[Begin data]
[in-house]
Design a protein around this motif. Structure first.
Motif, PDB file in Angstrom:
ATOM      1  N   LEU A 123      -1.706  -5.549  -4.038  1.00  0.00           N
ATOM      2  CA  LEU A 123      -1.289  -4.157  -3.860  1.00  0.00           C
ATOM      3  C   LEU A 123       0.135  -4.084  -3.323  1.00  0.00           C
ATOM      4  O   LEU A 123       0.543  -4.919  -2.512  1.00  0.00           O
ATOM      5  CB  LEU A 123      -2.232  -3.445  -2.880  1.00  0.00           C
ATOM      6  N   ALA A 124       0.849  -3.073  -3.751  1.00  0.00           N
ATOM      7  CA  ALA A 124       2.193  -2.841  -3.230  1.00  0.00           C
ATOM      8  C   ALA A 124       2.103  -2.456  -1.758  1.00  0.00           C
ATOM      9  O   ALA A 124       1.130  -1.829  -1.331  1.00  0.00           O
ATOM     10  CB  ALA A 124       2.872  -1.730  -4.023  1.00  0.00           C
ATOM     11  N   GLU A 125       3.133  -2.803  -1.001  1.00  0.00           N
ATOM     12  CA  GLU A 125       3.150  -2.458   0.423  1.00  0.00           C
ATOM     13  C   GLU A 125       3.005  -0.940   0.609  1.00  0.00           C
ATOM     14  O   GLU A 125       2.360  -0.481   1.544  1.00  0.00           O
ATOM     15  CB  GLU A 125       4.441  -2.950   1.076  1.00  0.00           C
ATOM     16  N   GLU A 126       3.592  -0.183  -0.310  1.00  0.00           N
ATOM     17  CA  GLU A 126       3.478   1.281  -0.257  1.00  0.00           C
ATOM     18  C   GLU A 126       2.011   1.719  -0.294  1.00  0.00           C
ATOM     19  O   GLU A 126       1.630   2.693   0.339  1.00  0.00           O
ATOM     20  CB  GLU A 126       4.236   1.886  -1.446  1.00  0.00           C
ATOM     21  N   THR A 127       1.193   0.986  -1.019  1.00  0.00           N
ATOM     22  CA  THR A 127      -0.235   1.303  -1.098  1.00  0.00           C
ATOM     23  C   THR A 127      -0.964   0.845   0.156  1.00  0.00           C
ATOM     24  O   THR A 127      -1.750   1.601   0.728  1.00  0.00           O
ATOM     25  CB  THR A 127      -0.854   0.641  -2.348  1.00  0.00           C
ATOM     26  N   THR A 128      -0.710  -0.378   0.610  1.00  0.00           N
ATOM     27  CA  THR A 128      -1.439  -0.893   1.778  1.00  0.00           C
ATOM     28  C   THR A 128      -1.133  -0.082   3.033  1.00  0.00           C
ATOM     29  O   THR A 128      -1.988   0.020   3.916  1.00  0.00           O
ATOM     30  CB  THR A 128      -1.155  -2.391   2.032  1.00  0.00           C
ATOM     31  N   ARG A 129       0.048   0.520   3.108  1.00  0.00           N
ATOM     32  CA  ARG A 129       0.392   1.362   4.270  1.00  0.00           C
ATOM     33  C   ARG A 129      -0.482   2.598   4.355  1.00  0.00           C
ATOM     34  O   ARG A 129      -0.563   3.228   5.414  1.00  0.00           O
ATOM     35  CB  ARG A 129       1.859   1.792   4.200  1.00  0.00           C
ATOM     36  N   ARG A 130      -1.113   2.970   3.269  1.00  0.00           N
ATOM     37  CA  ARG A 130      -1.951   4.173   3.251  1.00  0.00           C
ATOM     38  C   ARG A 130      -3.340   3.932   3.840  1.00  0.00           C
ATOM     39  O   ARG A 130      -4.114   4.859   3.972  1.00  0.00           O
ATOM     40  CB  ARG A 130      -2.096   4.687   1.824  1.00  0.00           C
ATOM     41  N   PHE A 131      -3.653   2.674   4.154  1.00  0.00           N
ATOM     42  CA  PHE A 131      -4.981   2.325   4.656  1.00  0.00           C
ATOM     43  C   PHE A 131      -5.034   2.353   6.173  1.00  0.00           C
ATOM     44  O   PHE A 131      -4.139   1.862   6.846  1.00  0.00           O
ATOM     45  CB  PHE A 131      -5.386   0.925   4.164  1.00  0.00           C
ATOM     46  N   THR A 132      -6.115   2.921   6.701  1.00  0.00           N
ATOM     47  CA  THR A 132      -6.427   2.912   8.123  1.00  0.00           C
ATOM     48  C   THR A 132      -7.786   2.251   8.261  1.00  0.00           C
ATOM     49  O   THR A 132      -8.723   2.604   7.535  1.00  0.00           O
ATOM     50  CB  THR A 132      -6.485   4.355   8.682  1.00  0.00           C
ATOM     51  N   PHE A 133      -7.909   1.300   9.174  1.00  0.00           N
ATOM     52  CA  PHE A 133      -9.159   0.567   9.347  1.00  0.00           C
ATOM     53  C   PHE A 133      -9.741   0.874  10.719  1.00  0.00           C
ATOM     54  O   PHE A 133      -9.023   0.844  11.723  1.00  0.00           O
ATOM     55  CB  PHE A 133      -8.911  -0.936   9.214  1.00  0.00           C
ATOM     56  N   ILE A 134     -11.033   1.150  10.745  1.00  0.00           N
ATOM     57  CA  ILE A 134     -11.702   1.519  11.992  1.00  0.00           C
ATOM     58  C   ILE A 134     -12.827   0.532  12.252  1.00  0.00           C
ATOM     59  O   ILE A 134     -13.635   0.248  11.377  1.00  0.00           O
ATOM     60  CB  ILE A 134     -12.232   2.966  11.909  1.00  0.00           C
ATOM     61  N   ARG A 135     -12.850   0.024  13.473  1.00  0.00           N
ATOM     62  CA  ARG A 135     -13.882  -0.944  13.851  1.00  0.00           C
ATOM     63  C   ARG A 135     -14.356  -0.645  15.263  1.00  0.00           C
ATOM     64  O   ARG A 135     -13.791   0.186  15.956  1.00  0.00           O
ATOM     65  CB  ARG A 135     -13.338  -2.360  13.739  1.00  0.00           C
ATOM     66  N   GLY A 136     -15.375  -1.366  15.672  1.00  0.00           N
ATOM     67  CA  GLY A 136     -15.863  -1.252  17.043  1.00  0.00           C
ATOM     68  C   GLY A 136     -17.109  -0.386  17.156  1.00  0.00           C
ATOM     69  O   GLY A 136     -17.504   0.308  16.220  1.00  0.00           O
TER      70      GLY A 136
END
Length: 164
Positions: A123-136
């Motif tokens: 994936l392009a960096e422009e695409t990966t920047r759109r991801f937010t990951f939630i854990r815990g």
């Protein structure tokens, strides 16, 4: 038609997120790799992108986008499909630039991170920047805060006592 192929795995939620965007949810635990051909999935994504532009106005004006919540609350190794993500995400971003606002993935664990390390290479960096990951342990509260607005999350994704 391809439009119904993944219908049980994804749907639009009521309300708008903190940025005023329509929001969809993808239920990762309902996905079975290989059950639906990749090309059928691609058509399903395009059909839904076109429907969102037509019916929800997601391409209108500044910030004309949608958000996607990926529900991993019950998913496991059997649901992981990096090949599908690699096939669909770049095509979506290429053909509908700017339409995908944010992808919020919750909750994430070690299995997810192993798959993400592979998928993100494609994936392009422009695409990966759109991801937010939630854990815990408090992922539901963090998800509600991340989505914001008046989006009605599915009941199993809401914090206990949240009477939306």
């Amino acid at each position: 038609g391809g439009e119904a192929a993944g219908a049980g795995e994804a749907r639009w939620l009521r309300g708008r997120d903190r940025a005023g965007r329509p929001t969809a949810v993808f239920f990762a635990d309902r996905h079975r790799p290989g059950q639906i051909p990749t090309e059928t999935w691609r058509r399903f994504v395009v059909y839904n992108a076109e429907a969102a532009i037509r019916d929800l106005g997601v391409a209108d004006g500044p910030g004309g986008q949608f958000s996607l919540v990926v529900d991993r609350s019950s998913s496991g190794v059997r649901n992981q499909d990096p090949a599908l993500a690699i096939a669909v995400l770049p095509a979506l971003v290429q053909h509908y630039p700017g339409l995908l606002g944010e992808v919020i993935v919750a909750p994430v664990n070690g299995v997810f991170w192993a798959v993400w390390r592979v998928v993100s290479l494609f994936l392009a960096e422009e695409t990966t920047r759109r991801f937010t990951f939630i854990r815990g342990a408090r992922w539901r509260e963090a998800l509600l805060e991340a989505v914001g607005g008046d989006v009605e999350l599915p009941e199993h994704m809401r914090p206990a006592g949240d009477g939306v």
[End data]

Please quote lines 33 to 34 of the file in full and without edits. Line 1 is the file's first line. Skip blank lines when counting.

ATOM     30  CB  THR A 128      -1.155  -2.391   2.032  1.00  0.00           C
ATOM     31  N   ARG A 129       0.048   0.520   3.108  1.00  0.00           N